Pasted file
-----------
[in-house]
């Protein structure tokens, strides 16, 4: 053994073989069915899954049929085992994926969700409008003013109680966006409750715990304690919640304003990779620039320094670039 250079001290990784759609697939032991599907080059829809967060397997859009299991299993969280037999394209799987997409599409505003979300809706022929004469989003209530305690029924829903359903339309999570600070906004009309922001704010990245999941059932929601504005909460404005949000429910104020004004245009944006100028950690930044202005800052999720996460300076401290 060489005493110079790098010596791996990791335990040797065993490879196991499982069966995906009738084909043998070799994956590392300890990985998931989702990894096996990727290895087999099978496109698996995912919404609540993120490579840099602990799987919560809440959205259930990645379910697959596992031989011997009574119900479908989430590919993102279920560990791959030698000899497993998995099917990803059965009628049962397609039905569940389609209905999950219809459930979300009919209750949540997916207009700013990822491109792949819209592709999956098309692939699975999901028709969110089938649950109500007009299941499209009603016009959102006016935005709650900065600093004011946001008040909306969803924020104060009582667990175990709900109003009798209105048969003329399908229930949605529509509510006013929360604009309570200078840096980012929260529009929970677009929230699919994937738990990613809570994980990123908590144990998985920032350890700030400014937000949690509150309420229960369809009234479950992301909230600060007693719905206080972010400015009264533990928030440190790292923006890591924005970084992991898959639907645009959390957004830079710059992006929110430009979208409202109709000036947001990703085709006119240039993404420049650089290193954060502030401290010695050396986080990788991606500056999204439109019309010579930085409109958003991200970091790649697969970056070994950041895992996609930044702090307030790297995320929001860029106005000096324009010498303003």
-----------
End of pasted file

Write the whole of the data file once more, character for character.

[in-house]
């Protein structure tokens, strides 16, 4: 053994073989069915899954049929085992994926969700409008003013109680966006409750715990304690919640304003990779620039320094670039 250079001290990784759609697939032991599907080059829809967060397997859009299991299993969280037999394209799987997409599409505003979300809706022929004469989003209530305690029924829903359903339309999570600070906004009309922001704010990245999941059932929601504005909460404005949000429910104020004004245009944006100028950690930044202005800052999720996460300076401290 060489005493110079790098010596791996990791335990040797065993490879196991499982069966995906009738084909043998070799994956590392300890990985998931989702990894096996990727290895087999099978496109698996995912919404609540993120490579840099602990799987919560809440959205259930990645379910697959596992031989011997009574119900479908989430590919993102279920560990791959030698000899497993998995099917990803059965009628049962397609039905569940389609209905999950219809459930979300009919209750949540997916207009700013990822491109792949819209592709999956098309692939699975999901028709969110089938649950109500007009299941499209009603016009959102006016935005709650900065600093004011946001008040909306969803924020104060009582667990175990709900109003009798209105048969003329399908229930949605529509509510006013929360604009309570200078840096980012929260529009929970677009929230699919994937738990990613809570994980990123908590144990998985920032350890700030400014937000949690509150309420229960369809009234479950992301909230600060007693719905206080972010400015009264533990928030440190790292923006890591924005970084992991898959639907645009959390957004830079710059992006929110430009979208409202109709000036947001990703085709006119240039993404420049650089290193954060502030401290010695050396986080990788991606500056999204439109019309010579930085409109958003991200970091790649697969970056070994950041895992996609930044702090307030790297995320929001860029106005000096324009010498303003």